Manchin a donation magnet

Like other successful energy companies, Diversified Energy has learned to work the halls of federal and state power.

A critical piece of that effort is Puccio, Diversified’s lobbyist in West Virginia and at the federal level, according to federal and state lobbying reports. Puccio is Manchin’s lifelong friend, and he has played key roles throughout Manchin’s political career — serving as a campaign director and former chief of staff.

Since Puccio opened his federal lobbying office last year, Diversified has donated more to Manchin than any other candidate in the current election cycle, according to data compiled by OpenSecrets. The company has given a combined $13,300 so far to Manchin’s Country Roads PAC and his campaign committee, Manchin for West Virginia.

Days before the Senate vote on the Inflation Reduction Act, company representatives sat down with Manchin and other energy officials for a seafood dinner near the Capitol. It’s unclear whether Puccio attended the meal.

As the largest well owner in the country, Diversified’s holdings account for an outsized share of greenhouse gas emissions, but it does not have funds set aside to decommission their wells, said Ted Boettner, a senior researcher at the Ohio River Valley Institute, which supports clean energy in Appalachia.

“Most of their wells are more than 20 years old and at the end of their economic life,” he said. “Diversified’s business model is based on harvesting cash flows from its wells and delaying plugging costs, which could potentially shift billions [of dollars] in plugging and reclamation costs on to taxpayers.”

Diversified did not answer a question as to whether it would seek a piece of the $700 million pot of federal funds. Diversified CEO Rusty Hutson Jr. in a statement praised the bill’s energy policy provisions, which include a potential windfall for his company.

“We believe the energy policy provisions will create a consistent and balanced framework for natural gas production moving forward,” he said. “Our unwavering focus will remain on the efficient and responsible operations of our assets, because ensuring natural gas reaches our customers is the right thing for our business, environment, national security, and global diplomacy.”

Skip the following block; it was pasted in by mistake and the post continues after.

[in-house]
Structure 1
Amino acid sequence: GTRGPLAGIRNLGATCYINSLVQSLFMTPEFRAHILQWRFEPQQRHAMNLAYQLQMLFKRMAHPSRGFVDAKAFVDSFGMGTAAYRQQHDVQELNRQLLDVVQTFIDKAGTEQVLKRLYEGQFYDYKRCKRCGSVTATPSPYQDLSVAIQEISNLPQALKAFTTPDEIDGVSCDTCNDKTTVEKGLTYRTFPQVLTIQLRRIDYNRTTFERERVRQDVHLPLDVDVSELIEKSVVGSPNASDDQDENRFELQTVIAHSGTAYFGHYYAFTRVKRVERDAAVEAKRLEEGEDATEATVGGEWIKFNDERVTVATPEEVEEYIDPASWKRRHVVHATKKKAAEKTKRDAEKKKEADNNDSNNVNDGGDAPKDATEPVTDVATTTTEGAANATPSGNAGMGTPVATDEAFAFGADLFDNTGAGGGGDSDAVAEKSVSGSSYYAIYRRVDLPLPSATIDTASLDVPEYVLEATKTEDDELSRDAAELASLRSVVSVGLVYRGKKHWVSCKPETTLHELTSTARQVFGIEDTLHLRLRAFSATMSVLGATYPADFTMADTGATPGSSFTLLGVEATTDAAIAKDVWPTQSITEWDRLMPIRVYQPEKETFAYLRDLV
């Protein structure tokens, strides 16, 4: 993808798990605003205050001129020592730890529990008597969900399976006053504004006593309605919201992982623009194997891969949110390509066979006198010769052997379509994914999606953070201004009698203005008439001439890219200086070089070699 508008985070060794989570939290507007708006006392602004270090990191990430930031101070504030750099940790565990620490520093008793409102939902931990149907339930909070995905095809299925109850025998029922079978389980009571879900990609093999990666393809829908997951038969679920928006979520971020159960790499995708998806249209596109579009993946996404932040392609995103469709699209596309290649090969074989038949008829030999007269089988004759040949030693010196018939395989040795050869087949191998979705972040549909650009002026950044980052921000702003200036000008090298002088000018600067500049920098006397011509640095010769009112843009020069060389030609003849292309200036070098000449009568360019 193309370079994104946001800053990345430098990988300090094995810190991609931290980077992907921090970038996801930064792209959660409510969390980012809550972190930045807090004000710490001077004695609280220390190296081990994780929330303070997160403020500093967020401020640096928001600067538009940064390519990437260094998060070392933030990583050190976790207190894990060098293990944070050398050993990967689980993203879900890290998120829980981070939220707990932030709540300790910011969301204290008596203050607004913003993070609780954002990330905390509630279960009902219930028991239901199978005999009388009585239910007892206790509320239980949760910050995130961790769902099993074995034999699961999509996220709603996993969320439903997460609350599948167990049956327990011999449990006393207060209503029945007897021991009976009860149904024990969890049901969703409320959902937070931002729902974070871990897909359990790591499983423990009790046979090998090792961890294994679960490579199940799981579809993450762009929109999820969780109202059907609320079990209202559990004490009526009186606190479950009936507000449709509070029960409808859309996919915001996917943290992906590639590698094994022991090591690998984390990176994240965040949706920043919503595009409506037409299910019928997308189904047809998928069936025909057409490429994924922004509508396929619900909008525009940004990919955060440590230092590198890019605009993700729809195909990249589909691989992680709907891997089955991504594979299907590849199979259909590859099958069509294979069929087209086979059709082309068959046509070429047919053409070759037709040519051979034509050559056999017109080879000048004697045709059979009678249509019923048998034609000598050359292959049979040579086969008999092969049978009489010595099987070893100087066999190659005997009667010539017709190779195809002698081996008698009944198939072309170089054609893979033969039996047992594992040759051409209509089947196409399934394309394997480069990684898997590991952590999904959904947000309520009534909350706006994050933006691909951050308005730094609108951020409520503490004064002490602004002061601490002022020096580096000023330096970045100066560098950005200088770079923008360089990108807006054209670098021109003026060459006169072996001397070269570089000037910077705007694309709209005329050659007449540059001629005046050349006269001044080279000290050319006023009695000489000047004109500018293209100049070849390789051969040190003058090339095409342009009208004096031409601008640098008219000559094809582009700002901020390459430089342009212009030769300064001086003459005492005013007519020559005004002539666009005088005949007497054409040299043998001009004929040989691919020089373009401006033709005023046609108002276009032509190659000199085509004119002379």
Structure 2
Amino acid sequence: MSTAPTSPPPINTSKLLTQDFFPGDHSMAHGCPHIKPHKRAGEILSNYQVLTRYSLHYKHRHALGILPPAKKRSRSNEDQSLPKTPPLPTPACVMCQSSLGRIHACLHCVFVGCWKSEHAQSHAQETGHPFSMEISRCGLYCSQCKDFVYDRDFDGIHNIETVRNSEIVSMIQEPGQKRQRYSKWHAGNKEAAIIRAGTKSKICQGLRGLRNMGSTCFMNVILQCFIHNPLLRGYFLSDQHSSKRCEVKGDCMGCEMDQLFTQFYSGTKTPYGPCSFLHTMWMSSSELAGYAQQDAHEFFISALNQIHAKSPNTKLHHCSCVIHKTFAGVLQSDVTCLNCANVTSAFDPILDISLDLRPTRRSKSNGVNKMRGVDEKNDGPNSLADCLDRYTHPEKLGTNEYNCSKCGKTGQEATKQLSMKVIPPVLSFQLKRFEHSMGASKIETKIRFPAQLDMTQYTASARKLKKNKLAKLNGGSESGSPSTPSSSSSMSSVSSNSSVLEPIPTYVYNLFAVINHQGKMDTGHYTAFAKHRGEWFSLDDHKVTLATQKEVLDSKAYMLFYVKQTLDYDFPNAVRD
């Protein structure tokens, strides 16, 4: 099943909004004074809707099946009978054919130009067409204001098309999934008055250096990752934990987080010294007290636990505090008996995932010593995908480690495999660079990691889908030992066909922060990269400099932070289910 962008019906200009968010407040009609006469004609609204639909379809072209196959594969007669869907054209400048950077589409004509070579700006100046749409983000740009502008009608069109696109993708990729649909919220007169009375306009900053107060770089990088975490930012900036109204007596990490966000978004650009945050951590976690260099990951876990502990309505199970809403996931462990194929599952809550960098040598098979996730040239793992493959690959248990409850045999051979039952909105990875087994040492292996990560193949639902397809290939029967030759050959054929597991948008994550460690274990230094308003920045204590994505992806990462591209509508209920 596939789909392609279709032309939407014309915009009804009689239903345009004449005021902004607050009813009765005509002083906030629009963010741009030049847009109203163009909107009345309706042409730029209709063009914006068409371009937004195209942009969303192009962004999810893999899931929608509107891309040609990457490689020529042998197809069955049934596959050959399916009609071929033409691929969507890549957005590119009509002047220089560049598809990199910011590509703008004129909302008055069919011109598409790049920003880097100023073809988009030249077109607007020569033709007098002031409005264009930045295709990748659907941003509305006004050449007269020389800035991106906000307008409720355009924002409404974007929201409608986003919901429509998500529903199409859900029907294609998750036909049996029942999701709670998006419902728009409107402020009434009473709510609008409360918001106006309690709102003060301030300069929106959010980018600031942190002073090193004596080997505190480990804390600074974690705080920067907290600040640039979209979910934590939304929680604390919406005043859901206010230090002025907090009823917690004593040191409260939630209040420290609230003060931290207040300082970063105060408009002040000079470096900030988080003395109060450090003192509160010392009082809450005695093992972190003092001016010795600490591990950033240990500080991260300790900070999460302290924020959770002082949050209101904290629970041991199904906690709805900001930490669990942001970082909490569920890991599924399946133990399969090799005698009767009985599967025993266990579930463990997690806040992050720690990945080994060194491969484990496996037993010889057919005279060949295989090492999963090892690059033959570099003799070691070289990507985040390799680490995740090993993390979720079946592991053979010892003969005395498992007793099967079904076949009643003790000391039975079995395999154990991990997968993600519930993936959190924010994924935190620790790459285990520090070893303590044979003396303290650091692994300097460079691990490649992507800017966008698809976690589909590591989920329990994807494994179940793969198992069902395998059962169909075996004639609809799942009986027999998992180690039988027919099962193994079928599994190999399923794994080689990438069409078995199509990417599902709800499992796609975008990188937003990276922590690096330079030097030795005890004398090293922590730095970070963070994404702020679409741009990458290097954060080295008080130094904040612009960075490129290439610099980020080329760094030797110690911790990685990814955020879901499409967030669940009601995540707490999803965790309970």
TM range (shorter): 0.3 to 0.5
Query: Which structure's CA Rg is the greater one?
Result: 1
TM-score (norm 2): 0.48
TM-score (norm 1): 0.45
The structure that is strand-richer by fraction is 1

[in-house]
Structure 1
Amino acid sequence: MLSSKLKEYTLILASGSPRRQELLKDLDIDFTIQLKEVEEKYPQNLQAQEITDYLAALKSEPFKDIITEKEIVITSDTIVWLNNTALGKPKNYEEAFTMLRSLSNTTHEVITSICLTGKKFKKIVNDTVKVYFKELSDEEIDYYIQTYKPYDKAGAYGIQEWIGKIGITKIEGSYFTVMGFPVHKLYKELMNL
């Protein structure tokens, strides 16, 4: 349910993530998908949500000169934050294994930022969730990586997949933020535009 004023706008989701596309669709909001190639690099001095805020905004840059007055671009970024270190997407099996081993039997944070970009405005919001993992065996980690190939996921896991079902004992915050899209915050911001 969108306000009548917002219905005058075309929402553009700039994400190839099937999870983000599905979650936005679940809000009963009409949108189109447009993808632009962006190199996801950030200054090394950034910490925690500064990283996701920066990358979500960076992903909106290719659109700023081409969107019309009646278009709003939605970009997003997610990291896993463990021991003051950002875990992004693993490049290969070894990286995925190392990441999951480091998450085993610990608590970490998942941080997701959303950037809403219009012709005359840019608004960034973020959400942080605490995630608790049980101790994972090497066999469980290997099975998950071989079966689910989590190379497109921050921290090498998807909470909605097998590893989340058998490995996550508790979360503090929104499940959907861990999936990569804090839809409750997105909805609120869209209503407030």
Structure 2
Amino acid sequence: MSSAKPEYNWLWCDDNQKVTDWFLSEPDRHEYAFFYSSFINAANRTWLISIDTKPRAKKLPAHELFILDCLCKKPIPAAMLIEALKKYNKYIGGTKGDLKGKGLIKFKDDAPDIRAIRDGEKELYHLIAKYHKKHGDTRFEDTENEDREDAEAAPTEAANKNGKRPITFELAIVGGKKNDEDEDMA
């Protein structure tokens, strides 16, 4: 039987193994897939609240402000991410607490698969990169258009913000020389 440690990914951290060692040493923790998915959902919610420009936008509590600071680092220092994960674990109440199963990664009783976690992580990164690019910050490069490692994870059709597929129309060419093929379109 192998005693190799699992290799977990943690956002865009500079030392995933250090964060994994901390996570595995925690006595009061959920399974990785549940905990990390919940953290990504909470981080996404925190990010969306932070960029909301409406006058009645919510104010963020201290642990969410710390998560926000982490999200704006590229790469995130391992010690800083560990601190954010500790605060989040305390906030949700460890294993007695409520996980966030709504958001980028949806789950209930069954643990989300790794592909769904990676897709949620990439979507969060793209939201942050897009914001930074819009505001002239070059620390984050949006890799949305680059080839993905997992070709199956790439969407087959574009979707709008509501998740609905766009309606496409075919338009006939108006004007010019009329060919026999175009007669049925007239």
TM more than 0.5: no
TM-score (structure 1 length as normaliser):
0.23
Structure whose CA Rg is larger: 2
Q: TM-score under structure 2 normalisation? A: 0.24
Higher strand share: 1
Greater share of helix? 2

Diversified has been buying up smaller well-plugging companies and has a goal of plugging about 200 of its wells annually.

At that rate, it would take centuries to plug the company’s current assets.

EPA regulations threaten business model

In addition to its wells, Diversified owns 17,000 miles of natural-gas-gathering pipelines as well as compression stations. That means the company also could tap into another pot of Inflation Reduction Act funding — $850 million to reduce methane emissions from wells and pipelines.

Increased regulations on methane emissions, which EPA is expected to release in the coming months, represents a major threat to Diversified’s business model. But the two pots of federal money could mean the company might save tens of millions of dollars in costs to address leaks.

Diversified is listed on the London Stock Exchange, and it reported a market cap of $1.12 billion in 2021. For this year, the company reported a net loss of $935 million in the first half of 2022, according to a company financial statement published earlier this month.

Over the last decade, Diversified has purchased wells in the Appalachian Basin. Diversified holds the most low-producing wells in key energy-producing states, including West Virginia, Pennsylvania, Kentucky and Ohio, according to a report from the Ohio River Valley Institute.

Diversified has claimed it developed technology — called Smarter Well Management — that can rejuvenate dormant wells and extract more oil and gas from dwindling wells than other companies. The company has stated it has a goal of reducing its methane emissions 30 percent by 2026 and 50 percent by 2050.

Low-producing oil and gas wells account for about half of the methane emissions from all wells in the United States even though they only produce about 6 percent of the output, according to a study published in Nature Communications in April. Aging wells often suffer from years of neglect and have undetected methane emissions.

Diversified is ranked eighth for methane intensity for the top 100 oil and gas producers nationwide, according to a study funded by CERES, a nonprofit that promotes sustainability for businesses.